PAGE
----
First Student drivers applaud as they learn the details of their new contract.

Courtesy of Teamsters Local 174
First Student drivers applaud as they learn the details of their new contract. Courtesy of Teamsters Local 174
After nine days of striking, the Teamsters Local 174 members who drive Seattle Public School's buses agreed to go back to work.

With 97 percent of voting members agreeing to their employer’s revised benefits plan, the union agreed to begin driving routes today.

The agreement between the Teamsters and First Student “provides quality healthcare at an affordable cost. It also provides the bus drivers with a Teamster pension plan, the first ever achieved for contracted school bus drivers in Seattle and possibly the entire country for First Student members,” according to the union’s website.

A mediator help the parties negotiate on Feb. 8 and finalized the new benefits on Friday, Feb. 9. The Teamsters union members voted at the Union Hall in South Park the next day.

The strike began with an impasse in negotiations between bus drivers and First Student, the company that contracts with Seattle Public Schools for bus service. The strike forced parents to find alternative methods of transportation for their children.

Thursday, Feb 1 marked the first day of the strike of approximately 400 drivers — with active picket lines outside bus lots in South Park and Lake City — after several months of talks with First Student failed to bring an agreement over healthcare and retirement benefits.

And unlike a one-day strike in November, this one was going to last until a deal was struck.

On Wednesday, Feb. 7, some of Seattle’s public school teachers announced they would be joining the strike after students were gone for the day.

Teamsters Local 174 spokesperson Jamie Fleming said before the strike ended that First Student, “clearly did not bring their wallet when they knew they were going to have to,” from the outset of talks last summer. The only change came after that November strike, she said, when the company included health care coverage for individuals but “nothing even remotely affordable for spouses and families.”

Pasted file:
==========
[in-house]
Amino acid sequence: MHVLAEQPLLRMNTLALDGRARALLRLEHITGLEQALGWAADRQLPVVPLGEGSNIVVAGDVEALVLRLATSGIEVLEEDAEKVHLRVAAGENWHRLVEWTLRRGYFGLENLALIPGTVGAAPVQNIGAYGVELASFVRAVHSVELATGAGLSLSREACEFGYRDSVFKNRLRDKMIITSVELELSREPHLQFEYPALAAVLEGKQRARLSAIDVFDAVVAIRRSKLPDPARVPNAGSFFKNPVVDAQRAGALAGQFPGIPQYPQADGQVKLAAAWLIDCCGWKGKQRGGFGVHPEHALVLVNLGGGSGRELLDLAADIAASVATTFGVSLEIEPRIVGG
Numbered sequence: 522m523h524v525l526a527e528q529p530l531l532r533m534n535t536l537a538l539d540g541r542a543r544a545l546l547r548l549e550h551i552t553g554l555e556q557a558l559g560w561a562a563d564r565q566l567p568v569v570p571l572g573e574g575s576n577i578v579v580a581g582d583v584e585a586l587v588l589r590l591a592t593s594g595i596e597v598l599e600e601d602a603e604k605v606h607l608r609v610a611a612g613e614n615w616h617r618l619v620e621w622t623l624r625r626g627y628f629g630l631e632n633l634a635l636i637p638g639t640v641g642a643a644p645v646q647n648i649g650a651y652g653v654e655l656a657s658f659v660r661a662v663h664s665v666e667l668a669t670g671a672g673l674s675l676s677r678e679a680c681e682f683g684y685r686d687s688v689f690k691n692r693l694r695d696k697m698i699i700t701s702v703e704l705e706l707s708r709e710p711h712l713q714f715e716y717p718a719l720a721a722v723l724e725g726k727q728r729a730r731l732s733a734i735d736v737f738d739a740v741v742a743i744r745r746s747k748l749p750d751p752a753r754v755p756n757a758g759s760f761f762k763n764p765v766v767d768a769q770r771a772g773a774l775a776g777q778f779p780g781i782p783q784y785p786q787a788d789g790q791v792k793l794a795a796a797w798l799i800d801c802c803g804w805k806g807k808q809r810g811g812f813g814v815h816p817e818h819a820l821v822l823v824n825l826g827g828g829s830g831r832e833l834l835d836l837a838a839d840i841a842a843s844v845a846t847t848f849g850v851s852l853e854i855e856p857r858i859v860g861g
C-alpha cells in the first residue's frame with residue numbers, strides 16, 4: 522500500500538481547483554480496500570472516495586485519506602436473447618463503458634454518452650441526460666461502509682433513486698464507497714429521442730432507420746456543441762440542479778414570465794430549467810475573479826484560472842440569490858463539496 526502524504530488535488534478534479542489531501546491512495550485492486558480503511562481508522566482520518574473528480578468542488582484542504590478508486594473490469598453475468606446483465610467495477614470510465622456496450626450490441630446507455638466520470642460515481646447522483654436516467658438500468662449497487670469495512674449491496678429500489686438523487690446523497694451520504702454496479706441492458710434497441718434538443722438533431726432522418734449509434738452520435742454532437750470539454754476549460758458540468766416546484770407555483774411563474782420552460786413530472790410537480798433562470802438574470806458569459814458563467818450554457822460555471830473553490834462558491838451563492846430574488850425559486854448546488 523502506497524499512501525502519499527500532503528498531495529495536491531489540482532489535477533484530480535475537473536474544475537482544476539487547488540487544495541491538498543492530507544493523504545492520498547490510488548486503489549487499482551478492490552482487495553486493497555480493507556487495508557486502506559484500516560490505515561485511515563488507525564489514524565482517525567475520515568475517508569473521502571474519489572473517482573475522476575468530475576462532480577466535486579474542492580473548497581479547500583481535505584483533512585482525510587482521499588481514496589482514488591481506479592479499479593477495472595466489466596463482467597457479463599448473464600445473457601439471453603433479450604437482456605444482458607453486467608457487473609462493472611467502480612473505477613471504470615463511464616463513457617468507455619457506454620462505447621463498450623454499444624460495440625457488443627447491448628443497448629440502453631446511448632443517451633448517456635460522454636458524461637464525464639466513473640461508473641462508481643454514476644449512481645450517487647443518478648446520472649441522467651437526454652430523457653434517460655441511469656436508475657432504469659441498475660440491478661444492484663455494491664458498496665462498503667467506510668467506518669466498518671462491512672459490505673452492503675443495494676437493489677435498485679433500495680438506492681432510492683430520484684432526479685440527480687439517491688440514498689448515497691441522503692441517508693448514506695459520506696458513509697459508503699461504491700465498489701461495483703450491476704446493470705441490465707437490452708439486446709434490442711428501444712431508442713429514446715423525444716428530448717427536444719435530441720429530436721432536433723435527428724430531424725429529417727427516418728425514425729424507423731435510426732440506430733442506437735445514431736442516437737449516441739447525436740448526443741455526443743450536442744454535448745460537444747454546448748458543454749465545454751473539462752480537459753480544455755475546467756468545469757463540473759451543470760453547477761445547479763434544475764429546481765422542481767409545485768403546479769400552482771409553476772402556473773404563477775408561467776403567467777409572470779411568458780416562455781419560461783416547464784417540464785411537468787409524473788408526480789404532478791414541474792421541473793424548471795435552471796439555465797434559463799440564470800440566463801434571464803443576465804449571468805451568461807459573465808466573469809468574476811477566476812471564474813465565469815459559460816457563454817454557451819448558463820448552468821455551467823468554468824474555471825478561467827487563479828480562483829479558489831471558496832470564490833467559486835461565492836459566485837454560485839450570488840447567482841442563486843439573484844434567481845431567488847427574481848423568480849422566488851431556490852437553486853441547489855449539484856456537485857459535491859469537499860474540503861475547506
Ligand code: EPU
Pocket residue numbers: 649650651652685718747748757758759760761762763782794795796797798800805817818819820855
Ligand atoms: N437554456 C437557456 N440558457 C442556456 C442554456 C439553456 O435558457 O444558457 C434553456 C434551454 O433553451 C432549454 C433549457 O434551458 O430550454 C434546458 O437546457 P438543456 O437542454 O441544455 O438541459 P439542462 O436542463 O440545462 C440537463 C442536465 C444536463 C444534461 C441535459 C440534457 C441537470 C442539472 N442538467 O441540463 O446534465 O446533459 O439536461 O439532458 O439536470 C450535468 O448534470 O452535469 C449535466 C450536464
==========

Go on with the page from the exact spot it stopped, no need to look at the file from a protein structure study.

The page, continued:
That offer was rejected in early January by a margin of 85 percent among voting drivers.

An second proposal from First Student after a negotiating session last Tuesday was little different, she said, except for one minor change impacting 22 of the 400 drivers.

But the company countered in its own statement earlier in the week, framing the latest offer as one with an, “expanded benefits package,” including comprehensive health care coverage for full-time drivers and their families. The company would cover 80 percent of annual premiums for part-timers, and the contract also includes a 401(k) retirement plan with company match, said Chris Kemper, senior director of corporate communications, in a release.

Fleming said the most recent offer was, “a good first step.”

“They just need to make a second step, and that’ll probably be enough to get these drivers back to work,” she said.

Meanwhile, the Teamsters Union pressured Seattle Public Schools to back up its words in October and fine First Student for every day routes are missed.

“On October 31, 2017, Seattle Public Schools Assistant Superintendent for Operations Pegi McEvoy sent a letter to First Student making it clear that in the event a labor dispute caused First Student to miss bus routes, Seattle Public Schools would be fining them to the maximum extent allowed under their contract – a potential cost of $1.2 million per day,” reads a release on the union website. “Teamsters Local 174 now calls on Seattle Public Schools to follow through on that promise.”

The district said Thursday that service for some bus routes may be provided as the strike continues, with First Student prioritizing special education routes where possible. The district’s transportation office will call families the night before if a driver is available for their route.

Students who missed class due to the strike will not be granted an excused absence, and families are encouraged to make alternate plans, including carpools, walking school buses with neighbors, or — for older students — taking public transportation.

Athletic events went on as scheduled with the use of charter buses, but all field trips were canceled for the duration of the strike.

Seattle Education Association President Phyllis Campano said the union believes everybody deserves healthcare and a secure retirement, and that the display of solidarity is about showing how important each part of public education is, including transportation.

“We want the kids ready to learn once they get to school, and the bus drivers are the first people they interact with,” she said.

She also noted that First Student posted a $6 billion profit last year.